Readers Write In #262: One Day: A Revisit

September 6, 2020

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(by Vikas Yadav) When looking at the list of some best romantic movies, the chances of finding Lone Scherfig’s One Day is as good as spotting the Sun during the night. I have rarely come across anyone who has even watched Scherfig’s 2011 rom-com that encapsulates its basic premise in the title: Twenty years, Two […]

Readers Write In #261: Here’s to The Most Breathtakingly Excellent Dude of Them All

September 6, 2020

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(by Aman Basha) A teenager wonders over how in 2019 the Internet fell for the One Few days ago, the Internet was abuzz with celebration; even the toxic minefield of Twitter had nothing but joy and positivity for his birthday. As Keanu Reeves (supposedly) turned a year older, there was nothing but good wishes and […]

Readers Write In #256: Ford v/s Ferrari is the most fun branding history lesson ever

August 31, 2020

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(by Madan Mohan) I set out initially to compare the refreshing and invigorating approach to retro Hollywood that Ford v/s Ferrari laid out versus the grey and laboured approach of Irishman or Joker that is the more commonly favoured tone in retro films (you also see this in J Edgar). But I decided a deep […]

Interview: Napoleon (and his Hollywood-indie stint)

August 27, 2020

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Readers Write In #247: How do Bergman and Babu Sivan think alike?

August 19, 2020

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(by G Waugh) Can man lead his life without believing in anything? The inability of man’s spirit to live and flourish without believing in anything could have been one of the reasons behind the invention of religion. In Bergman’s 1963 classic Winter Light, a fisherman Jonas is brought to the village priest Tomas Ericsson by […]

Readers Write In #241: When Lord Krishna and Woody Allen met on my account!

August 11, 2020

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(by G Waugh) Arjuna, the warrior felt deeply uncomfortable about taking on his rivals, the Gauravas who were his siblings after all. He was much worried about fighting is own Guru Dronacharya who treated him like a son. It was a deep dilemma for Arjuna. He simply couldn’t pick his bow and begin fighting the […]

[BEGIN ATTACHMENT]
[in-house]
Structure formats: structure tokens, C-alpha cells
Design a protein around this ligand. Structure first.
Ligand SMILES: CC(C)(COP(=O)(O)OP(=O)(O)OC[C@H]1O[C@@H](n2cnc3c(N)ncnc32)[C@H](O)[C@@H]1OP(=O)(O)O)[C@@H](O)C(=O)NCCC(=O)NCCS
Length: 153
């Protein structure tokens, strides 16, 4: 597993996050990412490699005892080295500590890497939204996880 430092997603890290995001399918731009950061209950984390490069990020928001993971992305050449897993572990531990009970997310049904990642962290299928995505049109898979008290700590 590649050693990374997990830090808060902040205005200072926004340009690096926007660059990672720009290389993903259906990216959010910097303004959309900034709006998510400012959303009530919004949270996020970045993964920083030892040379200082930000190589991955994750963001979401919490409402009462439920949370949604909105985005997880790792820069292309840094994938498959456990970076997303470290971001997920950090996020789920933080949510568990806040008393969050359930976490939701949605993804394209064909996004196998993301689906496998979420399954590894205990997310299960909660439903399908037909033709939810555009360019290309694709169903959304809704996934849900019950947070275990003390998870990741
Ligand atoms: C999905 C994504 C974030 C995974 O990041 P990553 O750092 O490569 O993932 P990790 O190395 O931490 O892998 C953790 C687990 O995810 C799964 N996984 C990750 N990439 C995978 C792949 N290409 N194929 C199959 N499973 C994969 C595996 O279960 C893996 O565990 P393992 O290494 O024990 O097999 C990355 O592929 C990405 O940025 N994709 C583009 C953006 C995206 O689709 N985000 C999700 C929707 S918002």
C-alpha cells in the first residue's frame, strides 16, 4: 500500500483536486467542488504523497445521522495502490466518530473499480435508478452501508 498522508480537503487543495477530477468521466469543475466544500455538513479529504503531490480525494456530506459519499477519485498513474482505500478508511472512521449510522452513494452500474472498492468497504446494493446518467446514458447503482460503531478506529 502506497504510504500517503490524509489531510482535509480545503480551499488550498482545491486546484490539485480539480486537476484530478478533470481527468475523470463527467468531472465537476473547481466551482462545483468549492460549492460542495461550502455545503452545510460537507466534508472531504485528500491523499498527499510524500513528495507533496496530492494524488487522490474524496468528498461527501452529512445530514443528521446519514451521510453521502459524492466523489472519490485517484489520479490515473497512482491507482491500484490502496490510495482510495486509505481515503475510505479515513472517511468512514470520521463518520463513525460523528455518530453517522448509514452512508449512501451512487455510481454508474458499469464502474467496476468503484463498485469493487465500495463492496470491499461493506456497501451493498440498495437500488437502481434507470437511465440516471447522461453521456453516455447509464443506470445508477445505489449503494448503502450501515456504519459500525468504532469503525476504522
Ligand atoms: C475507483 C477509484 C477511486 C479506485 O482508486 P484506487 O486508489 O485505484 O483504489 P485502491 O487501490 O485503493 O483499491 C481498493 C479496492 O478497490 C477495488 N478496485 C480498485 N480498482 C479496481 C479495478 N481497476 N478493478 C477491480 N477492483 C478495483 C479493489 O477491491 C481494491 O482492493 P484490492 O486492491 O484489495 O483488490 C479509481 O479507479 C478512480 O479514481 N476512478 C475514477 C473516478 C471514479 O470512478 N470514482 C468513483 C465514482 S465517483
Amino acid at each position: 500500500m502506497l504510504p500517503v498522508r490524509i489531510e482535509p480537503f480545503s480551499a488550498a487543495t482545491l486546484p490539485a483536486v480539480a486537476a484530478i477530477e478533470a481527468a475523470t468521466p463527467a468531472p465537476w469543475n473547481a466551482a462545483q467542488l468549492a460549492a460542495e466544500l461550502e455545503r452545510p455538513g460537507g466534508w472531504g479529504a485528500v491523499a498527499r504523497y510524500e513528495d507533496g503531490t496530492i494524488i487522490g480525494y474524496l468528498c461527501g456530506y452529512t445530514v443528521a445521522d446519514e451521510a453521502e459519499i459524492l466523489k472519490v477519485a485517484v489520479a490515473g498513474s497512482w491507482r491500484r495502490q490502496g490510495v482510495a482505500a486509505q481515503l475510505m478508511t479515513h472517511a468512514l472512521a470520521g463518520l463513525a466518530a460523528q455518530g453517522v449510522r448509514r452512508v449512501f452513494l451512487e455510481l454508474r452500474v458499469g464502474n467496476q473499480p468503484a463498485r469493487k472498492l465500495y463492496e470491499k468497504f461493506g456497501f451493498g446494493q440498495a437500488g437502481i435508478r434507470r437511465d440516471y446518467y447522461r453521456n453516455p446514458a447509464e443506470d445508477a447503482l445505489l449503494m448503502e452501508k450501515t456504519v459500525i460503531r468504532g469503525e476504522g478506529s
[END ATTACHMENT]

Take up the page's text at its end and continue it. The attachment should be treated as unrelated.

Readers Write In #240: ‘Motherless Brooklyn’, Edward Norton’s passion project that lost out to Martin Scorsese’s

August 9, 2020

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(by Madan Mohan) In 2019, two filmmakers finally presented before the audience their respective labours of love, long gestation projects that had remained in the works for years and years. Both were set way back in the past and dabbled in crime. The first one – Martin Scorsese’s The Irishman – you know about even […]

Little Fires Everywhere, on Disney+Hotstar… A fascinating drama about two very different, yet two very similar mothers

July 27, 2020

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One of my favourite sub-genres in the television/streaming space is “whatever has Reese Witherspoon in it”. She’s done the most amazing thing actresses who are no longer the It Thing can do: she’s become a producer and has begun making things that are far more interesting and satisfying than the things she made when she […]

Readers Write In #227: Kubrick ends on a high!

July 24, 2020

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(by G Waugh) Stanley Kubrick’s last film before his death, Eyes Wide Shut released 21 years ago. It struck a deep chord inside many audiences then, even though it is still not rated as one of his best. But just like every other work of him, even if it works on and off at the […]

Mrs. America, on Disney+Hotstar… A riveting story about women fighting for and against the Equal Rights Amendment

July 18, 2020

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T his lockdown has been a very busy time for us at work. I wasn’t actively looking for a new series to watch, because I didn’t know if I had the time and energy to commit to endless episodes. But on Facebook, I stumbled on a small video promo — a snatch of a “conservative” […]

Ennio Morricone (1928 – 2020)

July 6, 2020

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Whistling + solo trumpet + guitar + snare drums + chorus + dialogue from pulp heaven = wowza! The great arena scene from Sergio Corbucci’s THE MERCENARY (score by #EnnioMoricone and Bruno Nicolai). From when movies were not apologetic about swagger. Watching the opening scene of Roland Joffe’s THE MISSION on Devi theatre’s 70mm screen […]